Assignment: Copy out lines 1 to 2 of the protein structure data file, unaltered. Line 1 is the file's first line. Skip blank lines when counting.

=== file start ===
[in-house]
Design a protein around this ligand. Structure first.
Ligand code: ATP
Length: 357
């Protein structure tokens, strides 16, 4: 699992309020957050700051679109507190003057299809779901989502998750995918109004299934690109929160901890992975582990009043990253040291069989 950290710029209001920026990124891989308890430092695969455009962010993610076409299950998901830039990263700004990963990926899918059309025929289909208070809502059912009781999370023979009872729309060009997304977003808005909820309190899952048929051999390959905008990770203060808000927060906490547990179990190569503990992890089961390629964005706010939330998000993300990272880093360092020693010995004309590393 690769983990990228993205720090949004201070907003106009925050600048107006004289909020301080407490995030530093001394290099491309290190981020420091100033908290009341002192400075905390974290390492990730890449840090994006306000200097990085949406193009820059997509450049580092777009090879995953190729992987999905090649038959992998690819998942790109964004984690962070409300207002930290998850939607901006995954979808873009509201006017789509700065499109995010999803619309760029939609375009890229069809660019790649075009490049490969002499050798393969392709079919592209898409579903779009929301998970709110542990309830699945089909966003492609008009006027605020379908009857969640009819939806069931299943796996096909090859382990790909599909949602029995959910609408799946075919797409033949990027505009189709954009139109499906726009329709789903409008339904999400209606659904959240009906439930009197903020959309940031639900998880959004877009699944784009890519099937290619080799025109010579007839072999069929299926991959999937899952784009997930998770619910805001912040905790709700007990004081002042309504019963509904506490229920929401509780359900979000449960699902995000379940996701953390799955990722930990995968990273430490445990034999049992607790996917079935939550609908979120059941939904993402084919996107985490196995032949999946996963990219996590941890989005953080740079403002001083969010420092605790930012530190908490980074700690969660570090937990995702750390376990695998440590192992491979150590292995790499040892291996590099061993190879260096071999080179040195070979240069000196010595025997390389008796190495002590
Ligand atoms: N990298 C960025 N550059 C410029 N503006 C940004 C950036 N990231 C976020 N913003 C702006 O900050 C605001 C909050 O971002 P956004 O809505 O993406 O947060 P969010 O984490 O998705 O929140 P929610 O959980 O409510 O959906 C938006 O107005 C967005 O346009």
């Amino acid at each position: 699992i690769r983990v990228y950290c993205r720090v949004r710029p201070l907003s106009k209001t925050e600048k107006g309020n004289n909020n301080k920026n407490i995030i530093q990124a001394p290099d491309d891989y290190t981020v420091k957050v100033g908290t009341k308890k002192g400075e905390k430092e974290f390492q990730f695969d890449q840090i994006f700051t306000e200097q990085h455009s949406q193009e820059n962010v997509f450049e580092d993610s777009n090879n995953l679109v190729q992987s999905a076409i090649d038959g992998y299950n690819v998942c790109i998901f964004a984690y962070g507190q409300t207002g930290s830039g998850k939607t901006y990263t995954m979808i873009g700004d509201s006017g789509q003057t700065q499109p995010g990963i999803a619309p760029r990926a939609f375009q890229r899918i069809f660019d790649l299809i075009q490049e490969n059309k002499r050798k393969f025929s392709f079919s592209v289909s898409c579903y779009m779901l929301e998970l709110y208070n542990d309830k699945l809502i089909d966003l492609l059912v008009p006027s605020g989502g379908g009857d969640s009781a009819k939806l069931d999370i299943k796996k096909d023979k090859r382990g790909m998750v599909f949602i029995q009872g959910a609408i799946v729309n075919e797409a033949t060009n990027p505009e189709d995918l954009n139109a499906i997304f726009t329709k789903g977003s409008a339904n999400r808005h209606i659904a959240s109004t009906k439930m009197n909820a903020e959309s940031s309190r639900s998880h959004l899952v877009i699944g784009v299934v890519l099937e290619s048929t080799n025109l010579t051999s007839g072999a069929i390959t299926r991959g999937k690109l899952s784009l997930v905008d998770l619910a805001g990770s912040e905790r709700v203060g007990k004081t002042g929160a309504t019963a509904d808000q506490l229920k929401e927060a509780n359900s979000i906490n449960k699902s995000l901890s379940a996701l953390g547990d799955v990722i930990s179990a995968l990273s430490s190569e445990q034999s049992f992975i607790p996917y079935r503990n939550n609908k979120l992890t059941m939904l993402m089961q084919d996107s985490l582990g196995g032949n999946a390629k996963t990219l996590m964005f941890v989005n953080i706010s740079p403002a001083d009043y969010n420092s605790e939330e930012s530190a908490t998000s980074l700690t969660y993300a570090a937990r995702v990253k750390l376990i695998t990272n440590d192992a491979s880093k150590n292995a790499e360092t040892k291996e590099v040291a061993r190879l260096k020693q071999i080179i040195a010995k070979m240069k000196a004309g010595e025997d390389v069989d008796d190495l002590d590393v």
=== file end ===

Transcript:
[in-house]
Design a protein around this ligand. Structure first.